By Taylor C. Noakes, The Associated Press
By Taylor C. Noakes, The Associated Press
Paul Theodore Hellyer, the influential former federal defence minister, has died at the age of 98.
Hellyer fell and struck his head on June 19, losing the ability to walk and temporarily losing the ability to speak. He convalesced at St. Michael’s Hospital in Toronto for about a month before returning home. He died there on Aug. 8.
“The doctors were surprised he recovered as much as he did,” said Josh Hellyer. “My grandfather didn’t want to die in a hospital, he wanted to be at his home with his family. We celebrated his 98th birthday together just two days before he passed, and he made his goodbyes to everyone individually. His was a life well lived.”
Born near Waterford, Ont., on Aug. 6, 1923, Hellyer took an interest in aviation at a young age, studying aeronautical engineering, earning a pilot’s licence and building training aircraft for the Royal Canadian Air Force during the Second World War. He also served as an artillery gunner in the Canadian Army late in the conflict.
Hellyer was once the youngest member of the House of Commons, elected to Parliament in 1949 just shy of his 26th birthday, and in the same year he earned his bachelor’s degree. His interest in defence matters led to serving as parliamentary assistant to the defence minister and then associate minister of national defence in the government of Louis St. Laurent. Hellyer was briefly unseated after the 1957 election, but returned to the House of Commons after a byelection in 1958.
Hellyer rose to prominence as a critic of the Diefenbaker administration and then as minister of national defence in Lester B. Pearson’s cabinet. Few defence ministers would be as consequential as Hellyer, who urged Canada to accept nuclear weapons after several years of acrimonious public debate on the matter in the late 1950s and early 1960s.
Hellyer was also responsible for the controversial decision to unify and integrate the service branches of the Canadian military into a single organization, the Canadian Armed Forces. Despite the opposition to the idea at the time, the military remains a unified force to this day.
Hellyer’s time in cabinet led to a brief friendship with U.S. president John F. Kennedy. His lifelong fascination with aircraft and cutting-edge technology led president Lyndon B. Johnson to invite Hellyer to fly in Air Force 1 for a demonstration of the aircraft’s state-of-the-art communications equipment.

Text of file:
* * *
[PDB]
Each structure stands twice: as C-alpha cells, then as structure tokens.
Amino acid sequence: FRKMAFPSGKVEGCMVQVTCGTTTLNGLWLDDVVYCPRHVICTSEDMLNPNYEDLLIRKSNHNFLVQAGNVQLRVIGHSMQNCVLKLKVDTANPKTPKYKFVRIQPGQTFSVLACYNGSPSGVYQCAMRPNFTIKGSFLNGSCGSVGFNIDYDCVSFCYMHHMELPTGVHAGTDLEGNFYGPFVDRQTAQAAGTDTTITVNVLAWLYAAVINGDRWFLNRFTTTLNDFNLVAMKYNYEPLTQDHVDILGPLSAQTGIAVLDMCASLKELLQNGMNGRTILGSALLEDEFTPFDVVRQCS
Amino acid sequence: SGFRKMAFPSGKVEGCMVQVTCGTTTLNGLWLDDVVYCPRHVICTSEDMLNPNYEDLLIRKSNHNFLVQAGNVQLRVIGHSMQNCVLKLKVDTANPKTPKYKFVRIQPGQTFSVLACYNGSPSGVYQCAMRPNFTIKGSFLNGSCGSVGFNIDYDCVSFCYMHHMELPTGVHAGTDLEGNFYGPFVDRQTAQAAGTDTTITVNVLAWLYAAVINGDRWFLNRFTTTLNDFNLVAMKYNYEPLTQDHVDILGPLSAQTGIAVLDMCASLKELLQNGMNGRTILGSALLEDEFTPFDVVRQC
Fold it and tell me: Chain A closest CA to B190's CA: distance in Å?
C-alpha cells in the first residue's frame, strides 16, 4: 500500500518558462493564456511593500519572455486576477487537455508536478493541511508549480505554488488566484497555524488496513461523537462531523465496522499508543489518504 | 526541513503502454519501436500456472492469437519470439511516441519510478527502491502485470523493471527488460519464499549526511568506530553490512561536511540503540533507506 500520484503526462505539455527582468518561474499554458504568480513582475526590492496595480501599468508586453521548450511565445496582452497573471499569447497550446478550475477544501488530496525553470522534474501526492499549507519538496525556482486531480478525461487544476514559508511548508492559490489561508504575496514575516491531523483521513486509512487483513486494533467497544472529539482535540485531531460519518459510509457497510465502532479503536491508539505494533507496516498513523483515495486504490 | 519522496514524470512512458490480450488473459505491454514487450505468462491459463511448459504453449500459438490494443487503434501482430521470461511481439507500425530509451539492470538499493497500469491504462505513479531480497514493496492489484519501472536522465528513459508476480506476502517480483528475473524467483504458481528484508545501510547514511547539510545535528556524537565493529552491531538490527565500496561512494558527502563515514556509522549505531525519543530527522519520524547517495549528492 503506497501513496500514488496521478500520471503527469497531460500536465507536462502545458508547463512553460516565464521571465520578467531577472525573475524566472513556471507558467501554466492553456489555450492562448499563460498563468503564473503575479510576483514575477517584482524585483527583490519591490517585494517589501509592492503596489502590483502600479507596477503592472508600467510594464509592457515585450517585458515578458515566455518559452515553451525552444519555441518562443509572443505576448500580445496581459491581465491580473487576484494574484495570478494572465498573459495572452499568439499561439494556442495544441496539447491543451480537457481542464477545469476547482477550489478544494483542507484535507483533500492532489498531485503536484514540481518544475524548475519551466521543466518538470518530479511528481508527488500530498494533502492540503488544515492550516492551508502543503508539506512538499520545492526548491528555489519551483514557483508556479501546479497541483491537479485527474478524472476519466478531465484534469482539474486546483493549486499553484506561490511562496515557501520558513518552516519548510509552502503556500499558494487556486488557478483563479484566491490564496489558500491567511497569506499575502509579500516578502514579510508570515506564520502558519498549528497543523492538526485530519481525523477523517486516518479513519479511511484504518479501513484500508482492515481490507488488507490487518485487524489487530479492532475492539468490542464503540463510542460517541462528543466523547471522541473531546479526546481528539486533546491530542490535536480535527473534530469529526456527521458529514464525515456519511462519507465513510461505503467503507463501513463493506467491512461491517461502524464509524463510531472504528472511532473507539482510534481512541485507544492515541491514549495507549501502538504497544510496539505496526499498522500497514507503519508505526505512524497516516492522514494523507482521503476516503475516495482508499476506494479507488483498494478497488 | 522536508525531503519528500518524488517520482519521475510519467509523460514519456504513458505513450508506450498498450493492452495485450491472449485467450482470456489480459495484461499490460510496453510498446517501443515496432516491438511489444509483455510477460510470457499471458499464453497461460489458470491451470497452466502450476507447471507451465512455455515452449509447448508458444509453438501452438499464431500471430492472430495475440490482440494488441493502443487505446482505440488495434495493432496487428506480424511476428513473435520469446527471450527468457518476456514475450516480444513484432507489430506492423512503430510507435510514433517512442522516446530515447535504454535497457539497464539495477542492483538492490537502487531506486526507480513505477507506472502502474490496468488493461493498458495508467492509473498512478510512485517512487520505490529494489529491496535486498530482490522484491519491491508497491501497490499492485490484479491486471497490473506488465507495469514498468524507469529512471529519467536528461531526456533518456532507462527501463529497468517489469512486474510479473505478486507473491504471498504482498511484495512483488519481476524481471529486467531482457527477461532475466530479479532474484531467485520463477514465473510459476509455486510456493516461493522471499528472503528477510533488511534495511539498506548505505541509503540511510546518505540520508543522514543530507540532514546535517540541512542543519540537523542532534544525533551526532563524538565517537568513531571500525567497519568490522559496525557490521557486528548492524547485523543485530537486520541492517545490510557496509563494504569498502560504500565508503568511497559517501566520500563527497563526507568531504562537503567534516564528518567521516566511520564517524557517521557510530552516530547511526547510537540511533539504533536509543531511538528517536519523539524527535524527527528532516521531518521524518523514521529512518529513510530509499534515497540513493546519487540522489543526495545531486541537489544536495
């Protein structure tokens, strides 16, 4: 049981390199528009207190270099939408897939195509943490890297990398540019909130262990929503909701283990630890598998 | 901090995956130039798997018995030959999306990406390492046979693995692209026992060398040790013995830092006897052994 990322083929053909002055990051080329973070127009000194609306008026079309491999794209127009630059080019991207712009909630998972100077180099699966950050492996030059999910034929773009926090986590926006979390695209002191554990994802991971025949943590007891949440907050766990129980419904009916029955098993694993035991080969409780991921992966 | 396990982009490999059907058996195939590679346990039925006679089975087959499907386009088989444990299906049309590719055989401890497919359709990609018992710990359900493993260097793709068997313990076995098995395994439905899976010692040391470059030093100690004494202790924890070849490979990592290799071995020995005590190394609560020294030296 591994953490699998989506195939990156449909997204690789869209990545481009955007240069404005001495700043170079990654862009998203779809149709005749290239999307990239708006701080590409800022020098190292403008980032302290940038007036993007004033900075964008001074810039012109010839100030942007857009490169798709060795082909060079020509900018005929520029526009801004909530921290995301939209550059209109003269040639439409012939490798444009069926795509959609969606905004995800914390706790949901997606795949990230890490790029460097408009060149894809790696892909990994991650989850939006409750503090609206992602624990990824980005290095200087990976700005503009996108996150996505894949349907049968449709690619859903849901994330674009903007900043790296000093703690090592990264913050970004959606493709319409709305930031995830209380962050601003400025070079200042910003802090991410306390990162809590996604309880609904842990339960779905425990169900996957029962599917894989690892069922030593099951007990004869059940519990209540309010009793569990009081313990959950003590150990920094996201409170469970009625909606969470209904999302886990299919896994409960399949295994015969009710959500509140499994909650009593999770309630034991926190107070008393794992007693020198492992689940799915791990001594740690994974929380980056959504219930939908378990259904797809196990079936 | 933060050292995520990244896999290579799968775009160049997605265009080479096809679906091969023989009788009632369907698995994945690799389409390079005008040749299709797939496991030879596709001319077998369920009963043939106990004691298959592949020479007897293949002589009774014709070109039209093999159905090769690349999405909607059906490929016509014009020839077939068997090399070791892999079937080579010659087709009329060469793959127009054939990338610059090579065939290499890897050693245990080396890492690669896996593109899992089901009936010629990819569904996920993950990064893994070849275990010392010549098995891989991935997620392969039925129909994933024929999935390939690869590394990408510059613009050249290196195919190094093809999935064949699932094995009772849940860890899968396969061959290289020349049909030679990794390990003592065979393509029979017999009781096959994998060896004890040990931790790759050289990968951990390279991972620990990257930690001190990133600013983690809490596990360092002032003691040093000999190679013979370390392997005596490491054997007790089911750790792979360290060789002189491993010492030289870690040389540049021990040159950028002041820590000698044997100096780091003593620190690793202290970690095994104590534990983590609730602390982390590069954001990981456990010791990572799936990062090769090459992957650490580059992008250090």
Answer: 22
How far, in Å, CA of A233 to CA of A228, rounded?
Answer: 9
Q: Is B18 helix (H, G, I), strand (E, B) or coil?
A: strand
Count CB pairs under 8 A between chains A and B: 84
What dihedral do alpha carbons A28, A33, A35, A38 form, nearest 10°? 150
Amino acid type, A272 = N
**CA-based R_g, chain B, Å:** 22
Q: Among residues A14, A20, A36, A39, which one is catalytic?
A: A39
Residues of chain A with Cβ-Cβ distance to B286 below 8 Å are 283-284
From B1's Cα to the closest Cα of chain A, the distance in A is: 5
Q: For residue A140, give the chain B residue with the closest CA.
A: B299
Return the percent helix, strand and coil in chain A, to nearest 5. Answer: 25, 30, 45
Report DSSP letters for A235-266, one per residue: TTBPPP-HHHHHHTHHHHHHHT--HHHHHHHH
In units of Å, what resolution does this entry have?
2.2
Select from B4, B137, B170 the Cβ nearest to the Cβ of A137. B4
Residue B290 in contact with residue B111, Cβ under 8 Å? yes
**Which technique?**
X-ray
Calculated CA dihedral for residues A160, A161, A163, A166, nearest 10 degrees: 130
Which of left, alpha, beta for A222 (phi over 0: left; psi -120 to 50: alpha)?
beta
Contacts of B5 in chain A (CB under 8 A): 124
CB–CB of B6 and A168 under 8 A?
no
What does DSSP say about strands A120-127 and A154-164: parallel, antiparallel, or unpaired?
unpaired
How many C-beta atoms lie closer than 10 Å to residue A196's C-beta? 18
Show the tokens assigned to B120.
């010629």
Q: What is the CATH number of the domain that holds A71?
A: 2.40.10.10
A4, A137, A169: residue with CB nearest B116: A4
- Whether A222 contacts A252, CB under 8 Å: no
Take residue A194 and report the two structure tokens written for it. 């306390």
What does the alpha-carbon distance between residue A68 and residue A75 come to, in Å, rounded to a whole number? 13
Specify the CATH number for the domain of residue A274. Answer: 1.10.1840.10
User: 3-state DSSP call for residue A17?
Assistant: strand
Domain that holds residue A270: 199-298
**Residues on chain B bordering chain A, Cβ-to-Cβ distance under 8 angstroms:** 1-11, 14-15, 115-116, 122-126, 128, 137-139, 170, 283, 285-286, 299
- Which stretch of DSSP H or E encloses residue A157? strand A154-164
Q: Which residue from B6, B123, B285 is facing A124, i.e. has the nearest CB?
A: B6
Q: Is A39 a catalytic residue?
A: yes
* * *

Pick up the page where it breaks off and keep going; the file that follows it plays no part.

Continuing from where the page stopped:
“He was always interested in technology, it kept him young,” said Josh Hellyer.
In the late 1960s, Paul Hellyer spearheaded a federal task force on housing and urban development, one that ultimately recommended against the then-popular trend of wholesale demolition of older housing stock and its replacement by large housing projects. A dispute with Pierre Trudeau over the implementation of the plan resulted in Hellyer leaving cabinet and eventually sitting as an Independent before accepting an invitation to join Robert Stanfield’s Progressive Conservatives.
Hellyer also holds the distinction of having challenged both Trudeau and Joe Clark for the leadership of the Liberal and Progressive Conservative parties, in 1968 and 1976, respectively. He returned to the Liberal party in 1982.
Hellyer also created two federal political parties during his life: Action Canada in 1971, and the Canadian Action Party in 1997. Hellyer advocated a unique blend of civic nationalism, antiglobalization and monetary reform policies, attracting supporters from across the Canadian political spectrum. He was also the longest-serving member of the Queen’s Privy Council for Canada at the time of his death.
In addition to his political career, Hellyer was active in journalism, becoming one of the early investors in the Toronto Sun and writing a column for the newspaper from 1974 to 1984. He was also a panellist on the CBC’s “Front Page Challenge,” and wrote approximately 20 books.
In his later years, Hellyer became an outspoken and influential voice in the global community of UFO enthusiasts, speaking openly about his belief that UFOs were likely of extraterrestrial origin and that extraterrestrials were visiting the planet. Hellyer advocated that the governments of the world that he believed had recovered alien technologies from UFO crashes disclose their findings, as he thought a concerted effort to investigate these technologies could provide solutions to the pressing problems of our era, namely climate change.
“Whether it was green energy, economic reform or housing policy, my grandfather was always looking to make Canada better and more self-sufficient,” said Josh Hellyer.
“Canada was the first love of his life. I don’t think I’ve ever met anyone who loved this country as much as my grandfather did.”